Free online class Sunday March 3rd 11AM Eastern

Following the instructions to breathe and relax can be difficult for some people with a trauma history. We’re asking people to let down their defenses and feel.

Our brain and nervous system literally are shaped by our experiences. We develop certain positive neural networks when we feel safe and connected. 

When we experience danger, fear, anxiety or terror we go into fight/ flight/ freeze. When the threat is severe and we can’t escape or fight back, our breath may become very shallow and quiet. Our body “hides” through a parasympathetic nervous system freeze. Many people hold their breath when they experience threat. When someone is experiencing extreme anxiety or beginning to go into panic, practices like Box Breathingcan help break through that and restore our system to normal functioning.

It is helpful to be able to identify our nervous system responses and to know what practices will be beneficial in what situations. Relaxing our body and breath are necessary to heal our nervous system in the moment and from long term stress. Some people can’t “go there” immediately. They may need other ways to ease in until it feels safe enough to attend to the breath and body. Try one of the practices on this playlist.

Watching your thoughts is another core mindfulness instruction. We develop the capacity to witness our thoughts without being engaged in them. With crisis trauma (big T Trauma), people often experience flashbacks. Catastrophic thinking is common with all types of trauma.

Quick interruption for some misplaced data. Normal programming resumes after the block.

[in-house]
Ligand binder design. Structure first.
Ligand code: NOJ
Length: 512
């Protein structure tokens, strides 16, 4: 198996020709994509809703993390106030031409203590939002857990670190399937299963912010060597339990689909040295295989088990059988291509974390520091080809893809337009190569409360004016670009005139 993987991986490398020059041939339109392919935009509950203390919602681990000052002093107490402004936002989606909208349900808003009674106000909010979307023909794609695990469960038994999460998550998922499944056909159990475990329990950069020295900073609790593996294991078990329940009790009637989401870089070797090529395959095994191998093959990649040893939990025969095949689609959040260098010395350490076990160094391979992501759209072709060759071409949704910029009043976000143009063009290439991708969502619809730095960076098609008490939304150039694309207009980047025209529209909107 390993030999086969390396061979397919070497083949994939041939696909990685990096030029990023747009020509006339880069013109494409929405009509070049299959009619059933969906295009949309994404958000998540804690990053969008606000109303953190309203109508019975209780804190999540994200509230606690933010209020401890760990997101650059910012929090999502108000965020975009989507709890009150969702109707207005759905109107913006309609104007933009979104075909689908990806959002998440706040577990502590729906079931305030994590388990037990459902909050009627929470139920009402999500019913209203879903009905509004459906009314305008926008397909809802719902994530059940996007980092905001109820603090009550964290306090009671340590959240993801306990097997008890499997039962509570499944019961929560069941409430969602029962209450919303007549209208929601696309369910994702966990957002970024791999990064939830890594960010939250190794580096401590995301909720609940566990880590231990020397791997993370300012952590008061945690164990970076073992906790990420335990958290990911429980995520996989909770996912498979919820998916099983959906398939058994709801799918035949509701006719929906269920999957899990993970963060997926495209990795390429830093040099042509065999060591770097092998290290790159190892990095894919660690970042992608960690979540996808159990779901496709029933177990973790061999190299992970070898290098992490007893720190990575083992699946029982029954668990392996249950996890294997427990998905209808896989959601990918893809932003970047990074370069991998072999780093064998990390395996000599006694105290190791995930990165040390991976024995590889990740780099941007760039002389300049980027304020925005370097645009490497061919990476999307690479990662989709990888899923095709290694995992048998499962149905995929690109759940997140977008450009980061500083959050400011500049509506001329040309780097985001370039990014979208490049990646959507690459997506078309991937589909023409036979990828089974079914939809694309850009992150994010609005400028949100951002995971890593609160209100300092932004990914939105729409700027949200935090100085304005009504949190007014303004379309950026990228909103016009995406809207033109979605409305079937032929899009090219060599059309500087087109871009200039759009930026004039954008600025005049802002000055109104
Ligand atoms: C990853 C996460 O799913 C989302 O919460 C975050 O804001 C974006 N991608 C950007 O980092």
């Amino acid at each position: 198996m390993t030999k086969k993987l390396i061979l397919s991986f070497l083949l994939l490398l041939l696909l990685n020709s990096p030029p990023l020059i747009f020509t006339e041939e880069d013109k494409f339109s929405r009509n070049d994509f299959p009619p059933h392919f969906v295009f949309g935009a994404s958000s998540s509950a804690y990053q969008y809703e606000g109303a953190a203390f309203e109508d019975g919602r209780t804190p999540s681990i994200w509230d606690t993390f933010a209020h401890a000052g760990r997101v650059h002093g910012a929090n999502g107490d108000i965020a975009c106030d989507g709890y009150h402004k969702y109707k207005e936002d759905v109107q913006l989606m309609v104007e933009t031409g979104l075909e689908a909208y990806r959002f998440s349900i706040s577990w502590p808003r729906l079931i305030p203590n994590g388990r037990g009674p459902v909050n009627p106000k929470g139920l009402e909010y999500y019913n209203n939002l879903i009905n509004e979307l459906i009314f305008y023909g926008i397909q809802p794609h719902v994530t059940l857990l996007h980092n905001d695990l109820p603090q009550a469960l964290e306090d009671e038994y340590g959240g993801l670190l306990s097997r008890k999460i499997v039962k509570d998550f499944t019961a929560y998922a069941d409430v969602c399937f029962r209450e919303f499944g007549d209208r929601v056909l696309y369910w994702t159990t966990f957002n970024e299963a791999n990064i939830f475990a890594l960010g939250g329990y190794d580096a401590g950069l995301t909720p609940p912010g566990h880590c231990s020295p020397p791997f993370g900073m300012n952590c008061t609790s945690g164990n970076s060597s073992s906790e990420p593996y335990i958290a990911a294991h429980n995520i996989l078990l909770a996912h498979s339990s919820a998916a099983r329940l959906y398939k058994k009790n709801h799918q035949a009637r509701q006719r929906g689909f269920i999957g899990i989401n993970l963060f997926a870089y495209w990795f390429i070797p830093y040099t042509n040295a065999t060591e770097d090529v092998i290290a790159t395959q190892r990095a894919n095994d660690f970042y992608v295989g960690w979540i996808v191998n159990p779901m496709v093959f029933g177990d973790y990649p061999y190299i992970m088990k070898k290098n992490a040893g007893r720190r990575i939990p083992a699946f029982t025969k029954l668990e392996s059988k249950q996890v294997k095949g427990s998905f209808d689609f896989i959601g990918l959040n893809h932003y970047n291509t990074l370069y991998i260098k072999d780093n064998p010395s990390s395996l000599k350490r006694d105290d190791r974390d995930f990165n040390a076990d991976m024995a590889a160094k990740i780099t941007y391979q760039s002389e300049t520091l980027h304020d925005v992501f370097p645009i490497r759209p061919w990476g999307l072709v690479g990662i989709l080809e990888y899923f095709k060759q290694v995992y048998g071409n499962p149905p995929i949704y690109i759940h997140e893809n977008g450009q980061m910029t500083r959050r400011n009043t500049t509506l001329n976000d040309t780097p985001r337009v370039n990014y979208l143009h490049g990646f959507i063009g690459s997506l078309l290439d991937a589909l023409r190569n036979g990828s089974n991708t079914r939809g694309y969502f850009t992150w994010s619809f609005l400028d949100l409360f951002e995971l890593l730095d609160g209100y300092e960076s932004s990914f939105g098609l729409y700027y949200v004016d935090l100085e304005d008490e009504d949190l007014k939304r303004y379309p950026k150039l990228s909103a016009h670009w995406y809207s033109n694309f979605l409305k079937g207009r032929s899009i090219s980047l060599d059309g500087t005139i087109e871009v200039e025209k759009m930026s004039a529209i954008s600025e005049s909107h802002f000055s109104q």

Compulsive thinking grabs our attention. We might be drawn into re-experiencing a time when we were in danger or hiding to keep safe. We feel helpless and powerless. 

Catastrophic or what-if thinking is when we entertain the worse possible scenario. We have vivid images and it feels like a threat to our nervous system. The mindfulness instruction of staying with and noticing your thoughts is counter-productive here. We’re not actually noticing thoughts. We’re being held in thrall to fear and terror. 

We need to break the spell. As soon as you notice, open your eyes. Get up and move around. Instead of following catastrophic thoughts, we need to be firm with our mind. Our primitive brain thinks it is in danger in this moment and responds with appropriate alarm. Pick one or two of the Emergency Practices on this page. They will help your whole system to realize you are not actually in danger in this moment.

Control and avoidance are ways we try to cope with trauma responses and humans are incredibly creative. We form Core Deficiency Beliefs with the hope that if it is our fault, we can fix it and feel safer. Addiction to substances and processes/ behaviors are common. 

Join me Sunday March 3rd for a free online class to learn how to monitor your own nervous system. We’ll do some down-regulating practices together. There will be time for questions. Learning about and becoming friends with our own internal systems is a foundation to healing.

This class is free so there is no need to pre-register. Please invite your friends. Click on this Zoom link at 11AM Eastern Sunday March 3rd.

Trauma Informed Mindfulness
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